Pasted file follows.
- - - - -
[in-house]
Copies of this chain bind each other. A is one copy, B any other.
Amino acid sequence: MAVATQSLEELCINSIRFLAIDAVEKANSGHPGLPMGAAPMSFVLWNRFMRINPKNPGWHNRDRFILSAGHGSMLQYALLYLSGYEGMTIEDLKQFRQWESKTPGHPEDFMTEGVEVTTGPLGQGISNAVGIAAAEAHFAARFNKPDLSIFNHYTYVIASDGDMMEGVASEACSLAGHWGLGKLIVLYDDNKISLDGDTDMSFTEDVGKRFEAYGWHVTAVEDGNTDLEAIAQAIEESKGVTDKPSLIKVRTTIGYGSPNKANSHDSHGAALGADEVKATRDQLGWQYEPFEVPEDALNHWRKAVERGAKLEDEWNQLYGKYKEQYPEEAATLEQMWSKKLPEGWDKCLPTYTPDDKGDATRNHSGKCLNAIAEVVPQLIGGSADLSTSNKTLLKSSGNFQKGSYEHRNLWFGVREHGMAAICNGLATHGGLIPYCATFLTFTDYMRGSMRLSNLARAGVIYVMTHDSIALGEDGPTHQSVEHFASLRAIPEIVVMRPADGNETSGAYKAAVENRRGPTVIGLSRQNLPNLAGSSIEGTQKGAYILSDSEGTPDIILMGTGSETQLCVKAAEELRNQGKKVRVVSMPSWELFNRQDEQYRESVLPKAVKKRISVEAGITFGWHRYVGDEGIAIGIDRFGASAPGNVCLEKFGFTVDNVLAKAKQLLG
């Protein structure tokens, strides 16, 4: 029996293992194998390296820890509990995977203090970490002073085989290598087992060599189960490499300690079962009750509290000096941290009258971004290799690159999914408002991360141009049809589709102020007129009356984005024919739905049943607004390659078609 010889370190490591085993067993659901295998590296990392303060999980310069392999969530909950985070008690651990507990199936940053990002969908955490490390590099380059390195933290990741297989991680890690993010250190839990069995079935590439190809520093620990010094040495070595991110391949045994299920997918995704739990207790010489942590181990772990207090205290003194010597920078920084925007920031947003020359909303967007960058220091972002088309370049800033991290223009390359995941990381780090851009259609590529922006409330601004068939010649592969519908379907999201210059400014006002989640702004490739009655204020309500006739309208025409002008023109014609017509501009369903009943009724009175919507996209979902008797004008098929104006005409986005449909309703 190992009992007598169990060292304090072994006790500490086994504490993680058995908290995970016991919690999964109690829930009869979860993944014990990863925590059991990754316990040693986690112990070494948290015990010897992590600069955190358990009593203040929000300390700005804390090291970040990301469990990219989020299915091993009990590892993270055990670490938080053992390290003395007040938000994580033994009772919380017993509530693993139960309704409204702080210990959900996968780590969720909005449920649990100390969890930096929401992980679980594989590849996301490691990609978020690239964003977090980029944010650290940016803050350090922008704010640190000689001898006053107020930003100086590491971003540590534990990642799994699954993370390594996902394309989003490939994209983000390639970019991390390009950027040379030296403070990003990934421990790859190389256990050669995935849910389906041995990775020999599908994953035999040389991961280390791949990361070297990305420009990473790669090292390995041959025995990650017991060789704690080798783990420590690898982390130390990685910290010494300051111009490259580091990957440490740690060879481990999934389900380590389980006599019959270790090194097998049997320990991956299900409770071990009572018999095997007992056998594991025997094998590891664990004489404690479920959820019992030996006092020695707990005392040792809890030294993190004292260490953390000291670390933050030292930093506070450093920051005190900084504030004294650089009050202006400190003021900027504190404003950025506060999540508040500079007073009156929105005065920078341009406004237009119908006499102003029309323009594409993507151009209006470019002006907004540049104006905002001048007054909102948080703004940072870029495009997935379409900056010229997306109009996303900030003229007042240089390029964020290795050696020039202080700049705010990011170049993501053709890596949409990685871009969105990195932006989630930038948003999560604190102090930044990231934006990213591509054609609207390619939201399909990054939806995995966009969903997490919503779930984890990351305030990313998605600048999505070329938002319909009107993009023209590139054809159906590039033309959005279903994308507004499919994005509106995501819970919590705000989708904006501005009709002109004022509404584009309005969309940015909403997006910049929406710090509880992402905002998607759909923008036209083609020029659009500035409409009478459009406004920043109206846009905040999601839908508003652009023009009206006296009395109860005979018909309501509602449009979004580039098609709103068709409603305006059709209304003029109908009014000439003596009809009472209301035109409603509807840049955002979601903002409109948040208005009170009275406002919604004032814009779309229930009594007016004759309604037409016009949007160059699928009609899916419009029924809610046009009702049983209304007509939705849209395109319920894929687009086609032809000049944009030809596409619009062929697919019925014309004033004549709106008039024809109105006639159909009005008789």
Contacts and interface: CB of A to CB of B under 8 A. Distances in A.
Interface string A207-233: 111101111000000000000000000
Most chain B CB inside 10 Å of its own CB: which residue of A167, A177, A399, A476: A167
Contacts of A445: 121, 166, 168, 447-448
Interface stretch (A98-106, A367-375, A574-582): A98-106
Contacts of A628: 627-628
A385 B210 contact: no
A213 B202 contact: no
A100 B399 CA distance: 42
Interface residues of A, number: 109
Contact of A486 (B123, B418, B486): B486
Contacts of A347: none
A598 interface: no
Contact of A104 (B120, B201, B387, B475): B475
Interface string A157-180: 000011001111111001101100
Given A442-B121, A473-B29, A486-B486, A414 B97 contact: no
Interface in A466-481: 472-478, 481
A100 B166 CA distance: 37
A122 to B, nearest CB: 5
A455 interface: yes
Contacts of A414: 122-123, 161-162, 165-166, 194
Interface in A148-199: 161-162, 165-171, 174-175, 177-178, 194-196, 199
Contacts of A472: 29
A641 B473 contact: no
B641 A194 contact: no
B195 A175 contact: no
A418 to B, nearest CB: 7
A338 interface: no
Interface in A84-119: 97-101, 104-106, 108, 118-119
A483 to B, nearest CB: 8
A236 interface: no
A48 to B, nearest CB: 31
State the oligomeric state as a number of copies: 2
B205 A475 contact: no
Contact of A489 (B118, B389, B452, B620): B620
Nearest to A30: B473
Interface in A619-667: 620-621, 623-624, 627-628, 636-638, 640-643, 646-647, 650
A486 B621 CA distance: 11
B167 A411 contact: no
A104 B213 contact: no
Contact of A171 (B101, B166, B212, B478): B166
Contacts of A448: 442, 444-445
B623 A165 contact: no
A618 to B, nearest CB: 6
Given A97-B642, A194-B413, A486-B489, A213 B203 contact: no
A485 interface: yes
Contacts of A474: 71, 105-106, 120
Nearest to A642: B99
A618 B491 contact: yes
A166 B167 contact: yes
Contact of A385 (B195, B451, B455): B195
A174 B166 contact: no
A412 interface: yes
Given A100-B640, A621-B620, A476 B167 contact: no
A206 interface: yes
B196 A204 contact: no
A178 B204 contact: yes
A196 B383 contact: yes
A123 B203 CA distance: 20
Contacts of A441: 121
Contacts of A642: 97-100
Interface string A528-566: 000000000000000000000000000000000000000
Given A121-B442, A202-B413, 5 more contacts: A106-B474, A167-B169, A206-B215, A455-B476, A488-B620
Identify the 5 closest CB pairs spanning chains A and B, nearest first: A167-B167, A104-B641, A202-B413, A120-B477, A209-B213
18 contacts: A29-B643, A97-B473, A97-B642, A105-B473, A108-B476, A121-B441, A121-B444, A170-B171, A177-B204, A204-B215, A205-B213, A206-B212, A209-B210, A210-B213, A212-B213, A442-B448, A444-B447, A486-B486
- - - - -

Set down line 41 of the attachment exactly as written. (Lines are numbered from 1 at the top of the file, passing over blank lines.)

Interface in A619-667: 620-621, 623-624, 627-628, 636-638, 640-643, 646-647, 650